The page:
Malti Devi lives in a tattered hut, five hundred meters from the Pali village market. Her son was separated from her for two years and she had come to believe he was dead. He wasn’t.

Her son Nipu, 13, said, “One day I was standing by the road. A man came on a motorcycle and asked me if I wanted to study. He said not only would I get to study but paid as well. He gave me a thousand rupee note. I was only 10 years old at the time and had never seen that much money. I went with him and he took me on a train.”

“I was never sent to a school, even for a day. They put me to work making bangles. There was one room in which six-seven children of my age lived. They used to make us work from 10 in the morning till 2 at night and they beat us if we didn’t work,” Nipu said. “They didn’t let me speak with my parents for two years. I didn’t have much information, so I couldn’t even run away from there. One day, I went to get some supplies to make bangles and some police officers started following me as I was returning. I didn’t know them so I came back to my place of work. Not long after, the police came and took us to the station. After a while, we were moved to another place where we stayed for some days. We were sent to Patna and from there and I returned home. I saw my family after about two years.”

Nipu lived in Jaipur for nearly two years and worked almost 20 hours a day, but he wasn’t paid a penny by the middleman or the factory owner.

“When he disappeared we searched everywhere. When we couldn’t find him we thought he was dead, but he returned,” said Malti, a mother of six. “They lured him away with money. We don’t earn enough to feed our children well. His father works in a brick kiln.”

Did they go to the police after her son had disappeared? Malti didn’t answer.

It’s perplexing that most people from the Musahar community don’t go to the police if their children disappear.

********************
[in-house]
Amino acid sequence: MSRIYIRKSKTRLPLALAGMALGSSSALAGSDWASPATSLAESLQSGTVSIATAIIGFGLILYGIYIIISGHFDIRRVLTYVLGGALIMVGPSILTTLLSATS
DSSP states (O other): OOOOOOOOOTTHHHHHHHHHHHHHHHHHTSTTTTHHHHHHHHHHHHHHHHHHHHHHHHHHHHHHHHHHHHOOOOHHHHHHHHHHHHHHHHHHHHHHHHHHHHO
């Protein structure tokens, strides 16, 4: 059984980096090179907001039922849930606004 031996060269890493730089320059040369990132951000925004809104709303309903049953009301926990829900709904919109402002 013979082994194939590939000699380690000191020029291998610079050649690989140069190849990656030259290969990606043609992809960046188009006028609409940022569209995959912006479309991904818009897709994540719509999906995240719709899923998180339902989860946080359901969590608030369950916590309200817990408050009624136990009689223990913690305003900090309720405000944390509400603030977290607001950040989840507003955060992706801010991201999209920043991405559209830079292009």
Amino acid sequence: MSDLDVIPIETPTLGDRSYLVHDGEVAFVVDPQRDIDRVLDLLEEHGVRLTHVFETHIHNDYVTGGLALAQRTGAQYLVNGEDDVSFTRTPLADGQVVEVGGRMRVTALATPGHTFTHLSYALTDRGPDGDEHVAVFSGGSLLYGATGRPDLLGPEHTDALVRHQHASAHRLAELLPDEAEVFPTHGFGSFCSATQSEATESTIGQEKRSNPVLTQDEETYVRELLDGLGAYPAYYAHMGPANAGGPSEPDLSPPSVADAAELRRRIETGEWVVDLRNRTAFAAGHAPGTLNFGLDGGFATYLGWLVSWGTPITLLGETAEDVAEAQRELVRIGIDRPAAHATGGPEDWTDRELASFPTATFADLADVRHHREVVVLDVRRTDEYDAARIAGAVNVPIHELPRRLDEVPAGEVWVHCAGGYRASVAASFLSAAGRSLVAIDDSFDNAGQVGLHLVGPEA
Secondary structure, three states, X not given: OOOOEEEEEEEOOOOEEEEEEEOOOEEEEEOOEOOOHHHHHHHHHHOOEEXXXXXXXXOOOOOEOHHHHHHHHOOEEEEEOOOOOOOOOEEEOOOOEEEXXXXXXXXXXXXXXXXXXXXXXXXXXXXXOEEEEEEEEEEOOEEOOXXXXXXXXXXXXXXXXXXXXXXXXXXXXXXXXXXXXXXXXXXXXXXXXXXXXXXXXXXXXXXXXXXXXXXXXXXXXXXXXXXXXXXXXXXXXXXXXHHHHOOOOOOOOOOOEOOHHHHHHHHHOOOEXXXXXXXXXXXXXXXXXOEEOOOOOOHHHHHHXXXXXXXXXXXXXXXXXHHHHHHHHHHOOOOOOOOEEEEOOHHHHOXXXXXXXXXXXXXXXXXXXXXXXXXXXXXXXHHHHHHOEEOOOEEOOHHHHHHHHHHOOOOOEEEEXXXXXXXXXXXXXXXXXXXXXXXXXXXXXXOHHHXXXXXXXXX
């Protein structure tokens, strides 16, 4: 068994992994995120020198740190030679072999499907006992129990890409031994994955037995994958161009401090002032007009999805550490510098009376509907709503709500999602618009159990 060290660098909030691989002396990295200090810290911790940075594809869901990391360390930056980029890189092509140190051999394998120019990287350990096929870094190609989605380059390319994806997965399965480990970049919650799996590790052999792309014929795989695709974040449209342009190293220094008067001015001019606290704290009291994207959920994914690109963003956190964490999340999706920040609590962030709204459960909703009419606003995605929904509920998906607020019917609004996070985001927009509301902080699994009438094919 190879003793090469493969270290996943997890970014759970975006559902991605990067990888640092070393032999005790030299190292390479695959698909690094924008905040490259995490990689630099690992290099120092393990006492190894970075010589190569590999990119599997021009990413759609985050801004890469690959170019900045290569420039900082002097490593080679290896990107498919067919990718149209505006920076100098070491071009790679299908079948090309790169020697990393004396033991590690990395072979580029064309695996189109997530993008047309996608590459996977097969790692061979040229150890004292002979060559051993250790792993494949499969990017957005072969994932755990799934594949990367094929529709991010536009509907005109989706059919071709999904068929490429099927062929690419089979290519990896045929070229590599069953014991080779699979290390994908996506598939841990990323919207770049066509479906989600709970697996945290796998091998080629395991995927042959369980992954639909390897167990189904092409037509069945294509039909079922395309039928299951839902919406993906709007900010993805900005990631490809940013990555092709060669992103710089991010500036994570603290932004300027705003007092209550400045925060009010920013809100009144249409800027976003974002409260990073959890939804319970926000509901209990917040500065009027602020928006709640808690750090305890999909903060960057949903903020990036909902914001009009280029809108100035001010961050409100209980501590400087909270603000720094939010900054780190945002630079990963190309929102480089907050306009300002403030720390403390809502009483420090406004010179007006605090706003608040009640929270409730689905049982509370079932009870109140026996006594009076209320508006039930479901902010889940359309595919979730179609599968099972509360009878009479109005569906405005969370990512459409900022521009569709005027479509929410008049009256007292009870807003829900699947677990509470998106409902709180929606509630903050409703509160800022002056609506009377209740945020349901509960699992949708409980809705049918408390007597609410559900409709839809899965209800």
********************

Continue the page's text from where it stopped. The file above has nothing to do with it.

Acute poverty and deprivation has forced a few parents in the community to even consent to their children being taken away. Newslaundry met one such family in the Gaya district.

Ganesh Manjhi lives in Kochi Barma village of Gaya. He sent his son Sanjeet to work in a bangle factory in Jaipur. Sanjeet would get Rs 200 a week for expenses, and another Rs 5,000 a month that he would send home. Sanjeet was caught by the police, however, and sent back home.

Why did Manjhi send his child to Jaipur? “We don’t have any money to run this household. We don’t own the land we live on,” he replied. “How do we take care of our children and educate them? I sent him because we don’t have the means of subsistence and he couldn’t study here anyway. Outside, at least he’ll earn and send something home.”

Amit, a resident of Manji’s village, accompanied Sanjeet. Amit is currently under quarantine in Jaipur after his rescue by the police. His mother, Anar Davi, told Newslaundry, “He has only studied till class 8. His sisters at home are growing up and they have to be married. We had no income at all and after the situation worsened during the lockdown, we asked him to go. He was on the way when the police nabbed him. He hasn’t returned home yet.”